Published on the Daily Femme – Thursday, August 18, 2011
Contributed by Annamarya
Seriously, laugh at yourself. Laugh at your silly mistakes, unflattering photos, and foolish questions. Laugh if your daughter tells you she’s getting you an AARP membership because you’re turning 56. Just laugh.
Why? According to a new, first-ever study conducted by Ursula Beermann of the University of California at Berkeley and Willibald Ruch of the University of Zurich, being able to laugh it out, especially at yourself, is not only a “distinct trait,” but is also indicative of an optimistic personality and good sense of humor.
The pair asked 70 psychology students, as well as friends of the participants, to rate their ability to laugh at their own expense. While they filled out a questionnaire, the testers took photos of the students’ faces and distorted them via image-manipulating software to achieve a funhouse-mirror effect. They were then videotaped looking at the altered photos of strangers, with their own photos thrown in the mix. Their responses and ability to positively react to what they saw were then analyzed by Beermann and Ruch using an emotional expression rating system. As a result, the researchers not only found that 80 percent of testers “genuinely smiled or laughed at least once when seeing their own silly image,” but those students who claimed to know how to laugh at themselves (with matching friends’ ratings) ”genuinely laughed and smiled more often and more intensely than the others.” Additionally, there was only a slight analogue between the tester’s answers and those of their friends, implying, almost obviously, that “people either think they’re better at it than they actually are or that they want to present themselves this way.”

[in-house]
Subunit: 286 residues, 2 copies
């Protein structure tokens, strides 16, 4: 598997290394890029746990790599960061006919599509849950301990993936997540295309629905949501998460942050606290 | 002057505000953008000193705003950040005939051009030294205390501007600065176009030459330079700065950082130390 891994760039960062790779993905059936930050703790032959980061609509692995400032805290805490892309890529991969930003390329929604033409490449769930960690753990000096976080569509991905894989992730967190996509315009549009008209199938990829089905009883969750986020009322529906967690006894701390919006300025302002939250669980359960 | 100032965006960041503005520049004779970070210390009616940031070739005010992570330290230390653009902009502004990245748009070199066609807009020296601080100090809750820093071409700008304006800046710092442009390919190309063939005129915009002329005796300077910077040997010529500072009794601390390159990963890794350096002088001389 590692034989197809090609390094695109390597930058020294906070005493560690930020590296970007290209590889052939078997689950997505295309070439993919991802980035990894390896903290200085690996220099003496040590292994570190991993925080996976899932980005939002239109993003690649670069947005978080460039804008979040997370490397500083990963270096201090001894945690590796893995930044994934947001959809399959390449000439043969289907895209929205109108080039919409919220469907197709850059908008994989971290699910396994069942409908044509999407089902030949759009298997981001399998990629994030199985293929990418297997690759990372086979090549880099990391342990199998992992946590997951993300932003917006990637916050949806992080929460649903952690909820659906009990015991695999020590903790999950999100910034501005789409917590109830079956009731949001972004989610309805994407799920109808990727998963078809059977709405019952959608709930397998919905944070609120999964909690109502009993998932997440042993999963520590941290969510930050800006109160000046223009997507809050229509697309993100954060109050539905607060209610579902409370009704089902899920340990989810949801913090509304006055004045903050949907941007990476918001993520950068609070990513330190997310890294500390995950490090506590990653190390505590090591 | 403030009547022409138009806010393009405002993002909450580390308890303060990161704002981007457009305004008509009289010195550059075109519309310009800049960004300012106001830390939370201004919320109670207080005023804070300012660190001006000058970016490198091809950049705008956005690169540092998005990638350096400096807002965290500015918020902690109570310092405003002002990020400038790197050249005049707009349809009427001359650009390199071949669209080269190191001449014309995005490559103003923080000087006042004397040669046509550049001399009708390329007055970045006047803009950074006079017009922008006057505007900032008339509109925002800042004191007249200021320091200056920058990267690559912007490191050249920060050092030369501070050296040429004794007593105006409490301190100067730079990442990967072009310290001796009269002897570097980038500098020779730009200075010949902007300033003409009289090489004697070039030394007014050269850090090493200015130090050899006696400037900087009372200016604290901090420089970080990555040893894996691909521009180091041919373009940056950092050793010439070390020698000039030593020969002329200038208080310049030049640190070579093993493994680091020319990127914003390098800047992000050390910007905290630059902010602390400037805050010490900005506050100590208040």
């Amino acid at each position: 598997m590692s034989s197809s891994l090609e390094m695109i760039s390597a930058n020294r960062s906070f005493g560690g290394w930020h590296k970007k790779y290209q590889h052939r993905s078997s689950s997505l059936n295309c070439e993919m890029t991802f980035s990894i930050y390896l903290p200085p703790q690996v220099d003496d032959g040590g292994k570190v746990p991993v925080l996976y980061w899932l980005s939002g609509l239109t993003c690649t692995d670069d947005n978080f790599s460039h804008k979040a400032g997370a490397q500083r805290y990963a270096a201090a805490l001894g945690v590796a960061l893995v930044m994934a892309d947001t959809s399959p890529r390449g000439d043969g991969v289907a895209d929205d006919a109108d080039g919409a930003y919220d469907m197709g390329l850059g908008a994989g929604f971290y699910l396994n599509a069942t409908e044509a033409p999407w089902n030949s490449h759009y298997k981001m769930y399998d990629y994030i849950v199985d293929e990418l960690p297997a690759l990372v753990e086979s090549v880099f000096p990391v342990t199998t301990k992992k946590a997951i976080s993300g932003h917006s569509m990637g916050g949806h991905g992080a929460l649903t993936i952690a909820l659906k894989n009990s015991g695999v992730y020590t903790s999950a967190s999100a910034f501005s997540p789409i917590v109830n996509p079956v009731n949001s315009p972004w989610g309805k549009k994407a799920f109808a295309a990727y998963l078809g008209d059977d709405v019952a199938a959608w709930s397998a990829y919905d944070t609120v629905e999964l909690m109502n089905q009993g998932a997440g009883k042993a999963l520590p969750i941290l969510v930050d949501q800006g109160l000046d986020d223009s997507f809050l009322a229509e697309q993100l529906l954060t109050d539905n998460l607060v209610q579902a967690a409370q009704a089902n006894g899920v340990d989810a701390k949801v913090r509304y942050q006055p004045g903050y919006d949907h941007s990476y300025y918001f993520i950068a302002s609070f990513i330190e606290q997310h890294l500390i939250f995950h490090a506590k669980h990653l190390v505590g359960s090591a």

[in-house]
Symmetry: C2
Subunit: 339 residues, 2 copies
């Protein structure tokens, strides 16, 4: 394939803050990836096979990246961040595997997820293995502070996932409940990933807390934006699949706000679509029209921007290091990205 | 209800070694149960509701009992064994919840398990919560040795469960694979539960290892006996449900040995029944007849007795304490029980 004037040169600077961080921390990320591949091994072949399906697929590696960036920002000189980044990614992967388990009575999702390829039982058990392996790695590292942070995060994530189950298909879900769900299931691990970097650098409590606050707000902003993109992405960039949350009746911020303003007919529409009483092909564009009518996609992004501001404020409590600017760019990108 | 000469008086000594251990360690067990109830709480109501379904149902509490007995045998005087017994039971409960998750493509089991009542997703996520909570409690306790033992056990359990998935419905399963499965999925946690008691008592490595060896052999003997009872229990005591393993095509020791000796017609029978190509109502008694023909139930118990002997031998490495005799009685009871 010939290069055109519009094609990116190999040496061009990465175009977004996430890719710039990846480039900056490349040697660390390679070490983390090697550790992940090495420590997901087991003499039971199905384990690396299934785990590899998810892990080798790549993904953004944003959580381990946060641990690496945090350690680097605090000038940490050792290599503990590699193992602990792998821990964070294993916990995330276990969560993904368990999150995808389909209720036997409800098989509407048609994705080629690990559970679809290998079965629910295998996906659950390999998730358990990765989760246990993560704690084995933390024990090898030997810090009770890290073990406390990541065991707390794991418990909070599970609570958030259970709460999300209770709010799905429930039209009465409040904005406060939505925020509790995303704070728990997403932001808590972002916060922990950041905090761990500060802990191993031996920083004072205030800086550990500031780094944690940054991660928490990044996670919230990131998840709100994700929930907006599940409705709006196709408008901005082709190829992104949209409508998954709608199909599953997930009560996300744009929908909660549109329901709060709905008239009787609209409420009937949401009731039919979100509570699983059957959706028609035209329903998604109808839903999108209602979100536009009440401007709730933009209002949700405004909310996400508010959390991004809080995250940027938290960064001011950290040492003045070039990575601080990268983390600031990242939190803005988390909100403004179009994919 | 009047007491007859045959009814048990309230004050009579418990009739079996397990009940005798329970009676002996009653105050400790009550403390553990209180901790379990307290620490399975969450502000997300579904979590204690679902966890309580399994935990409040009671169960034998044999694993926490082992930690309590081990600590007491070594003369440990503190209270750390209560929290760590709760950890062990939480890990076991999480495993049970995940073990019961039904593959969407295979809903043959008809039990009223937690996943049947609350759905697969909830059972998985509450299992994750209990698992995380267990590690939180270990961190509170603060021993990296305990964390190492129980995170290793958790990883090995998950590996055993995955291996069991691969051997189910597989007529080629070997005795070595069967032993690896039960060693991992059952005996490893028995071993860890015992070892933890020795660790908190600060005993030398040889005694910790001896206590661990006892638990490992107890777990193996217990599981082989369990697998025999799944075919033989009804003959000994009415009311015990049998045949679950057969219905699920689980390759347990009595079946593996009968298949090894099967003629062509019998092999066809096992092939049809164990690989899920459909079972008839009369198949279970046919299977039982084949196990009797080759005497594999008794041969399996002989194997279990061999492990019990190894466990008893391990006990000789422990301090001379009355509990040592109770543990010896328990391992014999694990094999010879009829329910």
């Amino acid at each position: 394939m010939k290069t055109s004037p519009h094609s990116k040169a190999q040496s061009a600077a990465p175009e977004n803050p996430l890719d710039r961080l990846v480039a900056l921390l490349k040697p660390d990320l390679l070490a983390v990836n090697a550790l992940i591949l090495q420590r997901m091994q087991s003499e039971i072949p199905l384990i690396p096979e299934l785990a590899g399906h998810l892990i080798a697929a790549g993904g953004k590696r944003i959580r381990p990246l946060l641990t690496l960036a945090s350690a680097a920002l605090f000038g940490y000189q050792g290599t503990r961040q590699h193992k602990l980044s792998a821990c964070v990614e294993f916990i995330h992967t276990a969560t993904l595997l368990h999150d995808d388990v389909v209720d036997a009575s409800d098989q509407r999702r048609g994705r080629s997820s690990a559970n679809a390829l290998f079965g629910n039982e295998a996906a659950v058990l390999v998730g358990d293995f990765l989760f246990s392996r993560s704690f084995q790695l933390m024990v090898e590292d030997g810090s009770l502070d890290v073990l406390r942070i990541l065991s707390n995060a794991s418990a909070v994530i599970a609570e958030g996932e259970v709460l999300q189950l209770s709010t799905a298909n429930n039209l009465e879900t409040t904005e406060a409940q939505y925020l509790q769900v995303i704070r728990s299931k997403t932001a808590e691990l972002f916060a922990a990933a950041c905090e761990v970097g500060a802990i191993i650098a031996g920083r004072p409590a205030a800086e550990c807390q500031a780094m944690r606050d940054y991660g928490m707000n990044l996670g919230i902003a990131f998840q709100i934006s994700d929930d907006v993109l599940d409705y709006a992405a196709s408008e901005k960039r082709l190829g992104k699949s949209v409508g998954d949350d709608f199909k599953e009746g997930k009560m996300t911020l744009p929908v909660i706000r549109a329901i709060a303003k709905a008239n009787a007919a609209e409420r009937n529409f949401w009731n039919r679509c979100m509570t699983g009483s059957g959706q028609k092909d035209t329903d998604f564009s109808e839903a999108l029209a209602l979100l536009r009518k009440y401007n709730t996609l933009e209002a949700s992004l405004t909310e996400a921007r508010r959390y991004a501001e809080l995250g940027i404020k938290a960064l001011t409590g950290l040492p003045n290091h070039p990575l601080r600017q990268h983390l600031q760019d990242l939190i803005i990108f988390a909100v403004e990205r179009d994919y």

Ultimately, Beermann & Ruch’s study shows that being able to laugh at oneself is connected to a person’s mood and personality “rather than the tendency to simply find silly images funny,” emphasizing the tie between humility and humor. Thus, if you can find the amusement in your own puerility, then you’re overall more likely to be “more cheerful and less serious,” and generally have a better personal temperaments, as the study found of its participants on testing day.
While it may be hard to have a chuckle in this frustrating political and economical climate, we should all try to loosen up a bit when it comes to ourselves because laughing is good for the heart and soul. And if it can help us prolong our lives, that means more years of working as activists and changing the world for the better.